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Early GM cars (1936 and back) with metal wrapped wooden frames?


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On 9/25/2018 at 12:56 PM, 1929 pontiac coupe man said:

all cars from the beginning to about early to almost 1934

Sorry, Dodge Brothers cars had steel body frames from very early on, if not from their beginning in 1914. Budd made steel bodies for a number of makes, including some in Europe. In the Dodge Brothers, the floor boards, seat frames and roof inserts were wood and there was a bit of wood around the rear window, perhaps mostly as tack boards for the upholstery.

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PFitz has it absolutely correct, Rusty isn't - Franklin did not  have a wood chassis after the 1928 shorter wheelbase models. I had a 1931 Franklin for over 40 years , (Pfitz did a lot of the restoration of the wood body framework for me when we lived near each other) , the car had a steel chassis!

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Paul, no thanks necessary, your skill as a wood craftsman was amazing, hard to believe this was 30+ years ago! For any who are reading this, the Franklin I had was not a stock bodied Walker body buillt car but the car ( a victoria brougham) that the Derham Body Company built for the 1930 New York and Chicago custom body salon. Paul and I spent a day at Condon's lumber yard in White Plains, NY looking through a 25 foot high stack of ash boards to pick out the wood for the Franklin and enough to also replace the wood on the wheel arches on the 1941 Packard 120 station wagon I also owned at the time. We both were sore from moving all that heavy ash for weeks afterward. I no longer own either car, but the Franklin now resides in a great home/collection in Pa. and attends a lot of concours events with its owner who loves the car as much as I did.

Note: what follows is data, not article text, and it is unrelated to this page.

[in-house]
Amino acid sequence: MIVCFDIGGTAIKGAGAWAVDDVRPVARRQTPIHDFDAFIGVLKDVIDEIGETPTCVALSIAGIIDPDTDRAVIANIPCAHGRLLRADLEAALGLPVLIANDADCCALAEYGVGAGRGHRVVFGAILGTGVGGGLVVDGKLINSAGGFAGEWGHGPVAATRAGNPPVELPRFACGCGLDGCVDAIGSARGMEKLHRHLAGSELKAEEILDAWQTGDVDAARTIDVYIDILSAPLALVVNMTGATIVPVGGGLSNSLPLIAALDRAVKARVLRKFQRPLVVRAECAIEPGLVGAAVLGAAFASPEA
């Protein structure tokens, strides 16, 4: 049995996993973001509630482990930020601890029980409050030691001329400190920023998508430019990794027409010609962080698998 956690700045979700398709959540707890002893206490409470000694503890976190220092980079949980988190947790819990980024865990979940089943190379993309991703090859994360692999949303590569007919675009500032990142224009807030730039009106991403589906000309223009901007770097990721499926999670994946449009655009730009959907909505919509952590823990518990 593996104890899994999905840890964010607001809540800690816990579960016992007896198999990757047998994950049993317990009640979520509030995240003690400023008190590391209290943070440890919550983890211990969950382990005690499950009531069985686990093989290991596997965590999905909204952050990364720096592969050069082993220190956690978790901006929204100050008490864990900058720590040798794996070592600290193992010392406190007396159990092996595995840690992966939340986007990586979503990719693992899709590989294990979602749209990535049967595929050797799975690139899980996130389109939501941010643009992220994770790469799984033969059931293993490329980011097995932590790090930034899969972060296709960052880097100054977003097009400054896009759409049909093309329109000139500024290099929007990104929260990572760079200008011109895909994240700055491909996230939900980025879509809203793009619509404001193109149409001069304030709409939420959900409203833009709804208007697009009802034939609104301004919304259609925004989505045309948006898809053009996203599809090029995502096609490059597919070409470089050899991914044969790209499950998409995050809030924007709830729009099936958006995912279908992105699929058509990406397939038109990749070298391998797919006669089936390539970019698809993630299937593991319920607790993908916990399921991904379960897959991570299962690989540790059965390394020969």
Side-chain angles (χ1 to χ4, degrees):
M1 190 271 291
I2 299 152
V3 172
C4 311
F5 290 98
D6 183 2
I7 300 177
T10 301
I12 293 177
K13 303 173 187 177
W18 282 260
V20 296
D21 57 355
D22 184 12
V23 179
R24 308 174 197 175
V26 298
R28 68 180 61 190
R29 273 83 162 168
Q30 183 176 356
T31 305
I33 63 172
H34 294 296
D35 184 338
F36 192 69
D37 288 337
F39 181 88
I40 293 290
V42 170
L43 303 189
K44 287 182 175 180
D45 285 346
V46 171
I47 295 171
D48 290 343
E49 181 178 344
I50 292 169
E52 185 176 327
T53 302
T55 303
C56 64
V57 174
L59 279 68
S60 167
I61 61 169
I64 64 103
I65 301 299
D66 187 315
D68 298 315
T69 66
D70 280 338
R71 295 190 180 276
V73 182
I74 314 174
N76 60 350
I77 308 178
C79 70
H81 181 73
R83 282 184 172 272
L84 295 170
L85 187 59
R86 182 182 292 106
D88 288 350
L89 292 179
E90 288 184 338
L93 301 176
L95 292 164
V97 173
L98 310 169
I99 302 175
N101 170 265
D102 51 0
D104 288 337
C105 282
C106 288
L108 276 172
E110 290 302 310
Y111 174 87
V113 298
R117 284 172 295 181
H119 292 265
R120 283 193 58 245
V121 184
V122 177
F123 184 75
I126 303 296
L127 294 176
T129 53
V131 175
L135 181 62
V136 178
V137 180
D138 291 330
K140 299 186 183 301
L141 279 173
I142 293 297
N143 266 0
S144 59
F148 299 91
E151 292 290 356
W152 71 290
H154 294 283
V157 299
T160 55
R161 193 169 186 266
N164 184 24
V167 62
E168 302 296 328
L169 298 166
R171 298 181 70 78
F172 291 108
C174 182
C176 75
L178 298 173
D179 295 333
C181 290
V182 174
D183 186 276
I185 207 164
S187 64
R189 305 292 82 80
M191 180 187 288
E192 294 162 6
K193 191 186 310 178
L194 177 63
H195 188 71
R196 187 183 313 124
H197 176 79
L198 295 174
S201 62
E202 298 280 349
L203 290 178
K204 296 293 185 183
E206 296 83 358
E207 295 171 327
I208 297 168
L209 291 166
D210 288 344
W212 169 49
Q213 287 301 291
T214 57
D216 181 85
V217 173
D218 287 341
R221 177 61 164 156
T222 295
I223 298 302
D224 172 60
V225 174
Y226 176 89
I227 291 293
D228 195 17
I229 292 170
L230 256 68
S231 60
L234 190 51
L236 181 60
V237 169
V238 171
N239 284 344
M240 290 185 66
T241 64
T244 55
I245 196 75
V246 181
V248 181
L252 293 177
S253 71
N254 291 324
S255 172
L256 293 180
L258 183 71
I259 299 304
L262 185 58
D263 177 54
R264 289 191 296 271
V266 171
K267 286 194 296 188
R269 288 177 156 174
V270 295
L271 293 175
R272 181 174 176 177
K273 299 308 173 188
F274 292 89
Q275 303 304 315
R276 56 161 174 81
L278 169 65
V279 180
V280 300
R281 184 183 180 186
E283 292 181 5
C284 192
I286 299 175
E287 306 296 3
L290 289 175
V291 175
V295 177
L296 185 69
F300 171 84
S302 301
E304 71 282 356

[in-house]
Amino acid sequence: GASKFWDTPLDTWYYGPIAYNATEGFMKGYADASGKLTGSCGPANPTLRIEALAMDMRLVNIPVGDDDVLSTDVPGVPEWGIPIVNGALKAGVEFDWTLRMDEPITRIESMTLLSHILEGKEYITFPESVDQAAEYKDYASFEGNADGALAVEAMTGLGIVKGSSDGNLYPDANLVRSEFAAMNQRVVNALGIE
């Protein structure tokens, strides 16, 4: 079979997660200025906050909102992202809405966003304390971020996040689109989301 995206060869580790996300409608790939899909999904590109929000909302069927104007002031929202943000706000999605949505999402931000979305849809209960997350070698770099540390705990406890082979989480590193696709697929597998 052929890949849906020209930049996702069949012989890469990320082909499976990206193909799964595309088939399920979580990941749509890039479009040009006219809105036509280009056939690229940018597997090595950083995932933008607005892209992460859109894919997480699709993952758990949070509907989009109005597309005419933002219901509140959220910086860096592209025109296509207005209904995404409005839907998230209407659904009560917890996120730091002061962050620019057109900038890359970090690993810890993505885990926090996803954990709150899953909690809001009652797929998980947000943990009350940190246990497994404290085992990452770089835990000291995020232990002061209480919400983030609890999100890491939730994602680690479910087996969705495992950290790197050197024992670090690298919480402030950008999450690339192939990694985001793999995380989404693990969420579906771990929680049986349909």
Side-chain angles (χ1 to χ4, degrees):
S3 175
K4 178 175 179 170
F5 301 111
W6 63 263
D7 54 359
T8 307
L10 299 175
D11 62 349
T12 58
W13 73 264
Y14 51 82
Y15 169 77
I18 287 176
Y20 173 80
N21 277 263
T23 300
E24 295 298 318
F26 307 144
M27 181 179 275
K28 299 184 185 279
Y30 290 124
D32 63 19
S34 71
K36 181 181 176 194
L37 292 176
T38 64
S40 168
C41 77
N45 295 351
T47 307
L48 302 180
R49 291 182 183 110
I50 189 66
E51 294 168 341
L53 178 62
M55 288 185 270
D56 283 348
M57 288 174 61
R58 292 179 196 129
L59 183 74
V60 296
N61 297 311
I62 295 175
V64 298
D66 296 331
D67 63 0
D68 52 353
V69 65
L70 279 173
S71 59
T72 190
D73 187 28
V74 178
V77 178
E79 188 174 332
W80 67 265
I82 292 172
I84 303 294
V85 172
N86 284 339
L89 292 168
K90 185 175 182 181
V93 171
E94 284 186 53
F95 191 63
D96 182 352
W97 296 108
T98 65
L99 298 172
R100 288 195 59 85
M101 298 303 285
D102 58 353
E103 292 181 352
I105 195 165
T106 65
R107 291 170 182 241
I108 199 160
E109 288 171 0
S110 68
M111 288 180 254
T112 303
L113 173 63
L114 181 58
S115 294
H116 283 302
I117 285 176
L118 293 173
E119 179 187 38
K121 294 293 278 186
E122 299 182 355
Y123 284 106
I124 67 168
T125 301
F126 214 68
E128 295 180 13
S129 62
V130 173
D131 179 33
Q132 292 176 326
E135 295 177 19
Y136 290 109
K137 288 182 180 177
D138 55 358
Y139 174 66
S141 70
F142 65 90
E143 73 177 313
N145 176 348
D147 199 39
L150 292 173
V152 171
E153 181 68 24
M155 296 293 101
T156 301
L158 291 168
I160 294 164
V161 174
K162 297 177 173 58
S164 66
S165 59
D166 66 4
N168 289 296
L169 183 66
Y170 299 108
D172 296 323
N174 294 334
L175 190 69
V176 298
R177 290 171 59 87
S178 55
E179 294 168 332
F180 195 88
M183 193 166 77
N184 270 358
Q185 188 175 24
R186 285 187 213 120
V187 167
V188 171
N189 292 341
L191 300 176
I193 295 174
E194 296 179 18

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If you want to read about the inventor of the steel body and the unibody, read "Ideas that moved America... The Budd Company at 75" by Vincent R. Courtney. You can read a basic summary in a few paragraphs on Wikipedia.


Edward G. Budd developed the first all steel body in 1912. Oakland sustained the company at first, plus Garford. They also produced components for Buick, Willys Overland, Ford and others. Garford went broke and the assets were acquired by Studebaker, who also became main Budd customers until Studebaker withdrew from automobile manufacturing. The Dodge Brothers came on board with their 1915 all-steel Budd-bodied touring cars. An all-steel sedan followed.


The Dodge Brothers started out as engineers and not as coach manufacturers, so had no investment in wagon building systems with wooden frames.